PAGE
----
Taste Disorders

As people age, we often times hear complaints that their foods do not taste as good or taste differently.  There are many potential reasons or causes.  The following resource recommends obtaining a medical evaluation to determine whether it is curable or if adjustments may be helpful.
If a person loses some or all of their sense of taste, there are things that you can do to assist with making their food taste better (if they approve and it is within their dietary recommendations):

  • Prepare foods with a variety of colors and textures.
  • Use aromatic herbs and hot spices to add more flavor; however, avoid adding more sugar or salt to foods.
  • Add small amounts of cheese, bacon bits, butter, olive oil, or toasted nuts on vegetables.
  • Avoid combination dishes, such as casseroles, that can hide individual flavors and dilute taste.

Can taste disorders be treated?

Many types of taste disorders are curable. For those that are not, counseling is available to help people adjust to their problem.

Diagnosis by an otolaryngologist is important to identify and treat the underlying cause of your disorder. If a certain medication is the cause, stopping or changing your medicine may help eliminate the problem. (Do not stop taking your medications unless directed by your doctor, however.) Some people, notably those with respiratory infections or allergies, regain their sense of taste when these conditions are resolved. Often, the correction of a general medical problem also can correct the loss of taste. Occasionally, a person may recover his or her sense of taste spontaneously. Proper oral hygiene is important to regaining and maintaining a well-functioning sense of taste.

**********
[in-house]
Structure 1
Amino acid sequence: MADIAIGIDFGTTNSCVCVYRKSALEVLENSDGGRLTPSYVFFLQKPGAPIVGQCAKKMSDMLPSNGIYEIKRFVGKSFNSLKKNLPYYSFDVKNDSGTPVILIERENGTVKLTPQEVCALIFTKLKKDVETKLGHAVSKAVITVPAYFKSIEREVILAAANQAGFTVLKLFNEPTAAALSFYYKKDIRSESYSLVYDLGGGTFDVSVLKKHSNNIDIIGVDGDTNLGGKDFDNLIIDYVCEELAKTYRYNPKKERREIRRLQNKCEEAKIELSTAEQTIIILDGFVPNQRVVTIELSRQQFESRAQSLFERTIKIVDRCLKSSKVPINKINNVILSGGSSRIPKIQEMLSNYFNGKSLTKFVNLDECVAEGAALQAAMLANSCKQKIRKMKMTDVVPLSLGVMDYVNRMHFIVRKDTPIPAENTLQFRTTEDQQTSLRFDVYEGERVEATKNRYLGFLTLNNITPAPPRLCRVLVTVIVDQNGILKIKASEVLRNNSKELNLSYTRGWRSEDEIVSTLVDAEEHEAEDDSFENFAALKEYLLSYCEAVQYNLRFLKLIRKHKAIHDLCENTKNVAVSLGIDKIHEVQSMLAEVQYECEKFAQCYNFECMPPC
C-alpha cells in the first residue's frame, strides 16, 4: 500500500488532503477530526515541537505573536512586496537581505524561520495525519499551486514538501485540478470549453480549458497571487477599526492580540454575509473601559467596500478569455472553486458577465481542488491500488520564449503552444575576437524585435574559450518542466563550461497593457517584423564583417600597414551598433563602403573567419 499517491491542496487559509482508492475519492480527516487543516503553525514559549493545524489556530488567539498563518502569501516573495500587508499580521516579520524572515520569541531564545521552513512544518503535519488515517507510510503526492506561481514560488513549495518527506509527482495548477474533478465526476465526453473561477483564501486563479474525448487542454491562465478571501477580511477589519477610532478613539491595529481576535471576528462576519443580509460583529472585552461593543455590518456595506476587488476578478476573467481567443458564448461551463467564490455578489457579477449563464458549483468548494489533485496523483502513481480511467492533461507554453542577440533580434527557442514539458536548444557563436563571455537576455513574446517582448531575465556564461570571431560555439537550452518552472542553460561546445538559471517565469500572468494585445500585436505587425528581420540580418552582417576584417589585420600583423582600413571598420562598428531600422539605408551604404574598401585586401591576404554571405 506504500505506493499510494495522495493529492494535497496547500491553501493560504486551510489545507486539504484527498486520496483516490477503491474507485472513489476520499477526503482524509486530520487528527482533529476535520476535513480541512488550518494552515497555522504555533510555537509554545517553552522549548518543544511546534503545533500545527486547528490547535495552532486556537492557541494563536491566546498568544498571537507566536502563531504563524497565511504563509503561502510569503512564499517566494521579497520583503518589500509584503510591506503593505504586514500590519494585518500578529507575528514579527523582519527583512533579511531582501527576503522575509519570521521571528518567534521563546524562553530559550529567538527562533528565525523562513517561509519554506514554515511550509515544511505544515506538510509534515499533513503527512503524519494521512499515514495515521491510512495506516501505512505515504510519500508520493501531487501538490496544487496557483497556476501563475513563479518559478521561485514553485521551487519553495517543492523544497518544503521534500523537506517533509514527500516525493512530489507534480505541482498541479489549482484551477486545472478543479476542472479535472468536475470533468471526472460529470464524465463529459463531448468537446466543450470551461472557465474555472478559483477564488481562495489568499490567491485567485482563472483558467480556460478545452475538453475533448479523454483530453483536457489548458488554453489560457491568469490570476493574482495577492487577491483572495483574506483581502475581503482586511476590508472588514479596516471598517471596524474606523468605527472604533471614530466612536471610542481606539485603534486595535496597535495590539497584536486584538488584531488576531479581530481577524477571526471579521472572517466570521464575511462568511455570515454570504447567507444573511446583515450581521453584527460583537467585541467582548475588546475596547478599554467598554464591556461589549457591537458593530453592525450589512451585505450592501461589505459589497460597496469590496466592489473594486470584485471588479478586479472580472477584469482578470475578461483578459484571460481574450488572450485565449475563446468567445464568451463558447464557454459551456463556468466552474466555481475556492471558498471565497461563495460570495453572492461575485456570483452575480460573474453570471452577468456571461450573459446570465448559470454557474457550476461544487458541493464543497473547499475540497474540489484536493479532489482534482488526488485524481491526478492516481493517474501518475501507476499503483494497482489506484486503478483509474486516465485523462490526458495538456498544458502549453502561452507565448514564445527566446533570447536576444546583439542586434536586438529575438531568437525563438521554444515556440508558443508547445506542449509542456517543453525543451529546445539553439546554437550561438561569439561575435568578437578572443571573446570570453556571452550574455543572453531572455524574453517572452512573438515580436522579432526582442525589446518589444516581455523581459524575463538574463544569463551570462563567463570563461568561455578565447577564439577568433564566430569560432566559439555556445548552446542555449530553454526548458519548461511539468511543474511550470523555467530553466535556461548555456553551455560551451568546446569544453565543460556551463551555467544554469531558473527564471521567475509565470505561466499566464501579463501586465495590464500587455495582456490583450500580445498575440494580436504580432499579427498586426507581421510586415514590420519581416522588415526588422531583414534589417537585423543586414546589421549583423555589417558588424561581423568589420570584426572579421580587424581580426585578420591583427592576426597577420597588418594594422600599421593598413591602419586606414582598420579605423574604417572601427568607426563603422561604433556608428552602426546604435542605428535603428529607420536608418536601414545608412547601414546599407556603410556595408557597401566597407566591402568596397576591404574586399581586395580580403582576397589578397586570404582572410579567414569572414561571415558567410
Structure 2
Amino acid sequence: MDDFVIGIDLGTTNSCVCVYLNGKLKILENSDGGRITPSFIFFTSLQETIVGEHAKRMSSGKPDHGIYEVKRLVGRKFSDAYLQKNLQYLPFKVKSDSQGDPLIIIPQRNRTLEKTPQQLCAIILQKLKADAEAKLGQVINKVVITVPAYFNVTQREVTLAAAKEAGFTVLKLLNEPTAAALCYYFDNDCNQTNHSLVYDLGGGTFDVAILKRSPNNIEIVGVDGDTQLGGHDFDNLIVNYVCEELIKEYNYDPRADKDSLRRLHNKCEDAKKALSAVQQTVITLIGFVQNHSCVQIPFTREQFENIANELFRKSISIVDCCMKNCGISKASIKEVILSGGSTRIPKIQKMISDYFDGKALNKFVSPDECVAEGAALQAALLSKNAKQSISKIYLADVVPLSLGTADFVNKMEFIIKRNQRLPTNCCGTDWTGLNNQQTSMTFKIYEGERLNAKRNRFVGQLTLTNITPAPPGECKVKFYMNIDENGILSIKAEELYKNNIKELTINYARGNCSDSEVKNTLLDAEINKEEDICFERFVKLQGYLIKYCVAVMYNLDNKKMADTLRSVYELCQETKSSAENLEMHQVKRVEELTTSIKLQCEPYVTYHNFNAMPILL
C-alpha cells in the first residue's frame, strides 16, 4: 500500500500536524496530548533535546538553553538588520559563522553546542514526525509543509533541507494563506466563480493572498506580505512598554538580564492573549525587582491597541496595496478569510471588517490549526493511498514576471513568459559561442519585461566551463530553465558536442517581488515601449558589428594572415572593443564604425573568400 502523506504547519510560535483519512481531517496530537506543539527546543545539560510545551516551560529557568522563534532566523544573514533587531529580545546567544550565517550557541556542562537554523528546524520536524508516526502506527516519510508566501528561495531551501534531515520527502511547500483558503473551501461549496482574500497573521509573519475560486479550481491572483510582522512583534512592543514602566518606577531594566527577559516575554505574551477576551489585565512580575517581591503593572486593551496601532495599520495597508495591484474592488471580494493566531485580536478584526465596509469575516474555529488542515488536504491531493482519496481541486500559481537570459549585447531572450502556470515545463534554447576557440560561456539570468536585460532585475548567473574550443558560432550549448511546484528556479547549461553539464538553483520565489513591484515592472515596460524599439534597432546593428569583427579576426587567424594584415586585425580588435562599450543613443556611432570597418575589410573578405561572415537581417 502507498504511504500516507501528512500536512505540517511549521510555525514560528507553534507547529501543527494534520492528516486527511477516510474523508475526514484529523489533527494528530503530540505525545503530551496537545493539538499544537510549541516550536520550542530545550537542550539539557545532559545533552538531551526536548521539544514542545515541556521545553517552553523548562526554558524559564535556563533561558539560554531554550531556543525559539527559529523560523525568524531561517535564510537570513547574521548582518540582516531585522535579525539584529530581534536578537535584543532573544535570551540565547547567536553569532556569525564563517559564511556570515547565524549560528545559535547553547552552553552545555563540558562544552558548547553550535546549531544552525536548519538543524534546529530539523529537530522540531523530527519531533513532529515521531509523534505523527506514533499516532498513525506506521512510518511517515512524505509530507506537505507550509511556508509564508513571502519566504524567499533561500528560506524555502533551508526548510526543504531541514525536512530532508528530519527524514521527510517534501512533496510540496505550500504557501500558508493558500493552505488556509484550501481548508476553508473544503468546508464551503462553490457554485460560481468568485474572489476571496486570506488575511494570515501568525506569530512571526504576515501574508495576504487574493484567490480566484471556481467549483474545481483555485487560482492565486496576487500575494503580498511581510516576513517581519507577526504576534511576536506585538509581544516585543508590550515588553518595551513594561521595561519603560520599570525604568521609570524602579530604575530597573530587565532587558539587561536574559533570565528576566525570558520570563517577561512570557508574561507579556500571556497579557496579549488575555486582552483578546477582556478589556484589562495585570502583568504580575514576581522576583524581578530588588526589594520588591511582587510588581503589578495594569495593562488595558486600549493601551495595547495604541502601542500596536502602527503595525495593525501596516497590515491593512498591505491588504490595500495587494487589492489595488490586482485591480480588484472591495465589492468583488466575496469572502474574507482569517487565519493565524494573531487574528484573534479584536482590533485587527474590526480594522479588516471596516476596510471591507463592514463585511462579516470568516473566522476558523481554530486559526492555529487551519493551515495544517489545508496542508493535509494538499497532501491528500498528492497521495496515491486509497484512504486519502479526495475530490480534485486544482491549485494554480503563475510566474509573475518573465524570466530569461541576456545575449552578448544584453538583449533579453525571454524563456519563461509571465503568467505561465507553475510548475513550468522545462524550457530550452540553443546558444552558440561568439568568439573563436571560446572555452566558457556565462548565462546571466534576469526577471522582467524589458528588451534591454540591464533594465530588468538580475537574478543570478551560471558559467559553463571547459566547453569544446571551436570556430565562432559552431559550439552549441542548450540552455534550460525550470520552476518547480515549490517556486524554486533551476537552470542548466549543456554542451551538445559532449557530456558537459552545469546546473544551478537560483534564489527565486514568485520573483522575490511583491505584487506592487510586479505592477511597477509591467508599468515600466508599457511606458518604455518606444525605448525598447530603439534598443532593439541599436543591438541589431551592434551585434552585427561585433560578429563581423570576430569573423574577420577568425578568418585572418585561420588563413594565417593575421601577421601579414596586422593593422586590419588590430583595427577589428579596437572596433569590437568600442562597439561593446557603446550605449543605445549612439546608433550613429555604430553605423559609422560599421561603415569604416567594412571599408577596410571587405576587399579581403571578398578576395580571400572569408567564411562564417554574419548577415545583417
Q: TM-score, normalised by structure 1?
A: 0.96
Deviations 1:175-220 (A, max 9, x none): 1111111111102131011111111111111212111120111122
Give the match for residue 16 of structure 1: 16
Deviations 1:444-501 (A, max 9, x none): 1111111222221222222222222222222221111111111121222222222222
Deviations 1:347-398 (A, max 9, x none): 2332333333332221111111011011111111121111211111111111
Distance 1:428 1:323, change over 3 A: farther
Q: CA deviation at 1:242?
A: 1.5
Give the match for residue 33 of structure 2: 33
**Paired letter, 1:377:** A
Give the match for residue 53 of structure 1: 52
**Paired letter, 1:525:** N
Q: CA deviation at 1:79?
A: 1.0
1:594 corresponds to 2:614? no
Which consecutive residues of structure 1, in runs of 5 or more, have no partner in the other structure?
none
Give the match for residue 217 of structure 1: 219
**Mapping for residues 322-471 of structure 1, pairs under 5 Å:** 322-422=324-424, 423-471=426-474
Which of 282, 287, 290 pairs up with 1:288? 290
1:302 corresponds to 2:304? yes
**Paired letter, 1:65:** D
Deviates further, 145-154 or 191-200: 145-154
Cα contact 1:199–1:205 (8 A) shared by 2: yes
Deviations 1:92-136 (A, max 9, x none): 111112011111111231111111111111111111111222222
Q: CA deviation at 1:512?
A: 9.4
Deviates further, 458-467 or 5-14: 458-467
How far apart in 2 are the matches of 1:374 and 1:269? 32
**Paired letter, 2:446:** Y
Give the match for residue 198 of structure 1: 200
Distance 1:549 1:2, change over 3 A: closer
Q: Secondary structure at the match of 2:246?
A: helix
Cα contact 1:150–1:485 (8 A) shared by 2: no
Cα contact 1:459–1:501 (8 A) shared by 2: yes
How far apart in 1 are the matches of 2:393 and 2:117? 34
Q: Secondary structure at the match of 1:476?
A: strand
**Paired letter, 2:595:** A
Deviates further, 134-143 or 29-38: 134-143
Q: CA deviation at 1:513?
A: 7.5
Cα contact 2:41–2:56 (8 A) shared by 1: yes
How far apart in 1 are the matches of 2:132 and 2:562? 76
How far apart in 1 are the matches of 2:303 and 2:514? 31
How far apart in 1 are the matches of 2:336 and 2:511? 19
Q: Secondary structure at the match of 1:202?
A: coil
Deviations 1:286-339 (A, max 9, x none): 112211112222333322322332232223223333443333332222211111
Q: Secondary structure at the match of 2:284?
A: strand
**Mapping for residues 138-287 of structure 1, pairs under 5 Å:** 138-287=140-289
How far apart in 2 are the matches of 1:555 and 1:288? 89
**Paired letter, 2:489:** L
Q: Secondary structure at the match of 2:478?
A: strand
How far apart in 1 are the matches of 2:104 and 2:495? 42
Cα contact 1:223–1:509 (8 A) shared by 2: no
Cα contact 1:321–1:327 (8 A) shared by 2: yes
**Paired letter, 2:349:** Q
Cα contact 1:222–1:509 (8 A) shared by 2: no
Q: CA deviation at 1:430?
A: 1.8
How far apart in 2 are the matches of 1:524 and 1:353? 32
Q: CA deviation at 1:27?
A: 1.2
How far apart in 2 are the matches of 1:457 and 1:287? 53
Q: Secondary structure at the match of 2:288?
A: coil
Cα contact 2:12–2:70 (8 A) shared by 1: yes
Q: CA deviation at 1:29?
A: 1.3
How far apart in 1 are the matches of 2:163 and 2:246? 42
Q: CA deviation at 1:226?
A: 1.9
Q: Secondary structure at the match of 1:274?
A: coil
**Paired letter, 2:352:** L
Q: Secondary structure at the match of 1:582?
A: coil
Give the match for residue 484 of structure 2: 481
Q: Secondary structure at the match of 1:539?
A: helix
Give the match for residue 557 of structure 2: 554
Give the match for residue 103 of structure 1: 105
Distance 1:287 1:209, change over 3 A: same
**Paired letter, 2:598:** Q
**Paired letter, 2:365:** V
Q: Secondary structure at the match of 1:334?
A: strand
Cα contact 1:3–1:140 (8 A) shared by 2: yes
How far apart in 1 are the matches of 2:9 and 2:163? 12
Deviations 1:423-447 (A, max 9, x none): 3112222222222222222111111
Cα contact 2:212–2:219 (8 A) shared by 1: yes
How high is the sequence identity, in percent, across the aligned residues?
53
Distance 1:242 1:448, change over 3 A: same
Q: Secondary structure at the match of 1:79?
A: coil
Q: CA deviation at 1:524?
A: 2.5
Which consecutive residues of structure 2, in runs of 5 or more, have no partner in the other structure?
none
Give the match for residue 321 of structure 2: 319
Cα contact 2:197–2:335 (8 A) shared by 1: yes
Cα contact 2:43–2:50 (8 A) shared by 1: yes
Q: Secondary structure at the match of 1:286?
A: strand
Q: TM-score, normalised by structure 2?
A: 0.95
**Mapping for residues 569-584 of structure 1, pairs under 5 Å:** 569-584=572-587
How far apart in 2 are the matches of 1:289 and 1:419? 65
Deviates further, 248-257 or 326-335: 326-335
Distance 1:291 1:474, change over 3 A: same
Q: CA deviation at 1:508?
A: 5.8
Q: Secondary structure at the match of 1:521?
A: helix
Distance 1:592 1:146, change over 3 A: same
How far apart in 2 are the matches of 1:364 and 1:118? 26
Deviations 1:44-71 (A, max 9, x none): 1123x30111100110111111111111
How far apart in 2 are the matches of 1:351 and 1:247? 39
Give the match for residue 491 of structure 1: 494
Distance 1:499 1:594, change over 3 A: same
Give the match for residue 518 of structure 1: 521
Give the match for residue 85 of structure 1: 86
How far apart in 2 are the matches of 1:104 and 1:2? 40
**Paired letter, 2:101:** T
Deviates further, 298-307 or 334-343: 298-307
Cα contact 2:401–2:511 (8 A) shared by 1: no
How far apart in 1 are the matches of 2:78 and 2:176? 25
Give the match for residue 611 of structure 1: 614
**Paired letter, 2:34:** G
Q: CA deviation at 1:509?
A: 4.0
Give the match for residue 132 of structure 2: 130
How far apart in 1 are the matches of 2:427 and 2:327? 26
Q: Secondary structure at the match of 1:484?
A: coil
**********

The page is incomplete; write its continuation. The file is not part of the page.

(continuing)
Where can I find more information?

The NIDCD maintains a directory of organizations that can answer questions and provide printed or electronic information about hearing, balance, smell, taste, voice, speech, and language. This directory is available at www.nidcd.nih.gov/directory.

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